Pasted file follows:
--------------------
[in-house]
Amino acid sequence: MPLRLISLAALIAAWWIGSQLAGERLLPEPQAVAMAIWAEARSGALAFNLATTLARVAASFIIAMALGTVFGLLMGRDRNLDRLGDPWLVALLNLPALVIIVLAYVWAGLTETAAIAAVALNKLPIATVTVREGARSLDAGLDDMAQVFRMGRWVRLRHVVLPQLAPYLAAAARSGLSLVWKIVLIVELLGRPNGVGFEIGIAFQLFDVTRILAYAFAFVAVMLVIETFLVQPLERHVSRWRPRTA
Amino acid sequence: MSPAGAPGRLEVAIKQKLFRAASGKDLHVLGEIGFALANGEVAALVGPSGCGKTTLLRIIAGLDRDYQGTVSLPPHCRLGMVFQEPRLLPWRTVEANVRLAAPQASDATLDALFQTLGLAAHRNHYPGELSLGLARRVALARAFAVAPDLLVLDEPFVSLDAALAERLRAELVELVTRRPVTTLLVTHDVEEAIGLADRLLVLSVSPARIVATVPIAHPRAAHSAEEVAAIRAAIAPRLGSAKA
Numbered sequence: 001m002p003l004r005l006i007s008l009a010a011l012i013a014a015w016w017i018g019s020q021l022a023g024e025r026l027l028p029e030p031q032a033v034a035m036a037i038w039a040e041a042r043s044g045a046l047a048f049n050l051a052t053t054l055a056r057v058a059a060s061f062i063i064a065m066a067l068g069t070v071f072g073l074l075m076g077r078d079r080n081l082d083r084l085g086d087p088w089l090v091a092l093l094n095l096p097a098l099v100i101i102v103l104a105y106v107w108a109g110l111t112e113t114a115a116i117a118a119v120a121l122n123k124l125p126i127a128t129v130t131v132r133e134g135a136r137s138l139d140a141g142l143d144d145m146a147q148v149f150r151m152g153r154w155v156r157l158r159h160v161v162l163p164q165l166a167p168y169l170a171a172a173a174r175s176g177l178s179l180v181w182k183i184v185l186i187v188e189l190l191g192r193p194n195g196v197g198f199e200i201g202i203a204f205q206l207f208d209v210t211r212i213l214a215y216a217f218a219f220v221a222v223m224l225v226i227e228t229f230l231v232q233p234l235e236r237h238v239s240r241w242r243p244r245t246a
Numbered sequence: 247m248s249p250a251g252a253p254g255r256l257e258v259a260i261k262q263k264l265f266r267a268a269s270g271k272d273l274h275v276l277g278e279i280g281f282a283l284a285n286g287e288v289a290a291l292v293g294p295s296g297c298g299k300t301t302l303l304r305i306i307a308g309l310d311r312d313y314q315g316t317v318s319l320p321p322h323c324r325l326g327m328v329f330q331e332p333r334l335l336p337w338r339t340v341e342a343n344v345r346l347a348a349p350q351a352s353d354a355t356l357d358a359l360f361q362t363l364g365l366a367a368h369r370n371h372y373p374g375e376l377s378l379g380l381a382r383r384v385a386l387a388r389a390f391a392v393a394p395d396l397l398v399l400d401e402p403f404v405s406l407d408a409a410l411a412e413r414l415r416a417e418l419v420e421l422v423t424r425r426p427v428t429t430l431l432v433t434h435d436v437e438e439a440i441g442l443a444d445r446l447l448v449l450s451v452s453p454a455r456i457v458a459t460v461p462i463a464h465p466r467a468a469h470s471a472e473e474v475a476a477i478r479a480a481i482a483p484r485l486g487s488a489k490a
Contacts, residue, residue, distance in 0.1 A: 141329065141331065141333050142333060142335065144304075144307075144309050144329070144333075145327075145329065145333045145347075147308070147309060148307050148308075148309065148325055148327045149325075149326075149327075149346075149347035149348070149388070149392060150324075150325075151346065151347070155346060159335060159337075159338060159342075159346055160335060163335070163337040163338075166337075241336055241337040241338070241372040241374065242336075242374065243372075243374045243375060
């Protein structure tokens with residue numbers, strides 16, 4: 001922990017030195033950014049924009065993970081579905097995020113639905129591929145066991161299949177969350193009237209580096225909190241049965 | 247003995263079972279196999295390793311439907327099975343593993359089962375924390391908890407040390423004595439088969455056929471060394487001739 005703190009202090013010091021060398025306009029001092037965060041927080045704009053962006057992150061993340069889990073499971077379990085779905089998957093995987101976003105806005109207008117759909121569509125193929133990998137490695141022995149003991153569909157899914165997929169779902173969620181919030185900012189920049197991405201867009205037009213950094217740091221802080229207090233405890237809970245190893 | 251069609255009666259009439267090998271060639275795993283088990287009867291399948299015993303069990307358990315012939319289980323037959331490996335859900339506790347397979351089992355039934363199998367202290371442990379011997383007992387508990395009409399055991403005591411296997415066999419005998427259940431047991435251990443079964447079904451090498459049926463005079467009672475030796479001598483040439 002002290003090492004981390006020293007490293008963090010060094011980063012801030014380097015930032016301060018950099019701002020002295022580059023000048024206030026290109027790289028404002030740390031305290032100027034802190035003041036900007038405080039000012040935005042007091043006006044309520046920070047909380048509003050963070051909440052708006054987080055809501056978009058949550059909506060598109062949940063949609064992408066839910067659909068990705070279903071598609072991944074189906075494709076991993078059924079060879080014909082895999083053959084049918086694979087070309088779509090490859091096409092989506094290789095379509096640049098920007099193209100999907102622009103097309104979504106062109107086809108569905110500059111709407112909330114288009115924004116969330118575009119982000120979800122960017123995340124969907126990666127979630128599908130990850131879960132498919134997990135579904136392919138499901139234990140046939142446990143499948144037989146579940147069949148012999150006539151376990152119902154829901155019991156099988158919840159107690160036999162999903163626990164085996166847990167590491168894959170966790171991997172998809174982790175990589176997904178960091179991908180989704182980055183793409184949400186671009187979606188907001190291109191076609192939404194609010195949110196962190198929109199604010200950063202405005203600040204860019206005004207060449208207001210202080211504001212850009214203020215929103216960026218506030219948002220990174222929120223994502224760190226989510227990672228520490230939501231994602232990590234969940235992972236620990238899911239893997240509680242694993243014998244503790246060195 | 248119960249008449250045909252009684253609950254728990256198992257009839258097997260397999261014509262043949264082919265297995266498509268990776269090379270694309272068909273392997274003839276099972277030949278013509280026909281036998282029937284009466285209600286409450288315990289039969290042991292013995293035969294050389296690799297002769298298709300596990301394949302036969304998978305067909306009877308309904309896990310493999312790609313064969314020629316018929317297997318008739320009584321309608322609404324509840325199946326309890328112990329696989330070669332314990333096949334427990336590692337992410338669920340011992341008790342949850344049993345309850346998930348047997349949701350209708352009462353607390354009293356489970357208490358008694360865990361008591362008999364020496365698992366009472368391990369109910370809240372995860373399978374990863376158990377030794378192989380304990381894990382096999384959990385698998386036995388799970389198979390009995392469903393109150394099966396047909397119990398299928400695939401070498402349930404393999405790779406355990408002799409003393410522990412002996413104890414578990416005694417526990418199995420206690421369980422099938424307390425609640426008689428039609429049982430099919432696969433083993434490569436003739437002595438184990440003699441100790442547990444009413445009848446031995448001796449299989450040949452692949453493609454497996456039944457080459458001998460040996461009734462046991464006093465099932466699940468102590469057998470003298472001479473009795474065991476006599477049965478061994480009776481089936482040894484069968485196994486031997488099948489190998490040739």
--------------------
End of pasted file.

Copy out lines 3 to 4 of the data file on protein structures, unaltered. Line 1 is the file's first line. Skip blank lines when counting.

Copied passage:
Amino acid sequence: MSPAGAPGRLEVAIKQKLFRAASGKDLHVLGEIGFALANGEVAALVGPSGCGKTTLLRIIAGLDRDYQGTVSLPPHCRLGMVFQEPRLLPWRTVEANVRLAAPQASDATLDALFQTLGLAAHRNHYPGELSLGLARRVALARAFAVAPDLLVLDEPFVSLDAALAERLRAELVELVTRRPVTTLLVTHDVEEAIGLADRLLVLSVSPARIVATVPIAHPRAAHSAEEVAAIRAAIAPRLGSAKA
Numbered sequence: 001m002p003l004r005l006i007s008l009a010a011l012i013a014a015w016w017i018g019s020q021l022a023g024e025r026l027l028p029e030p031q032a033v034a035m036a037i038w039a040e041a042r043s044g045a046l047a048f049n050l051a052t053t054l055a056r057v058a059a060s061f062i063i064a065m066a067l068g069t070v071f072g073l074l075m076g077r078d079r080n081l082d083r084l085g086d087p088w089l090v091a092l093l094n095l096p097a098l099v100i101i102v103l104a105y106v107w108a109g110l111t112e113t114a115a116i117a118a119v120a121l122n123k124l125p126i127a128t129v130t131v132r133e134g135a136r137s138l139d140a141g142l143d144d145m146a147q148v149f150r151m152g153r154w155v156r157l158r159h160v161v162l163p164q165l166a167p168y169l170a171a172a173a174r175s176g177l178s179l180v181w182k183i184v185l186i187v188e189l190l191g192r193p194n195g196v197g198f199e200i201g202i203a204f205q206l207f208d209v210t211r212i213l214a215y216a217f218a219f220v221a222v223m224l225v226i227e228t229f230l231v232q233p234l235e236r237h238v239s240r241w242r243p244r245t246a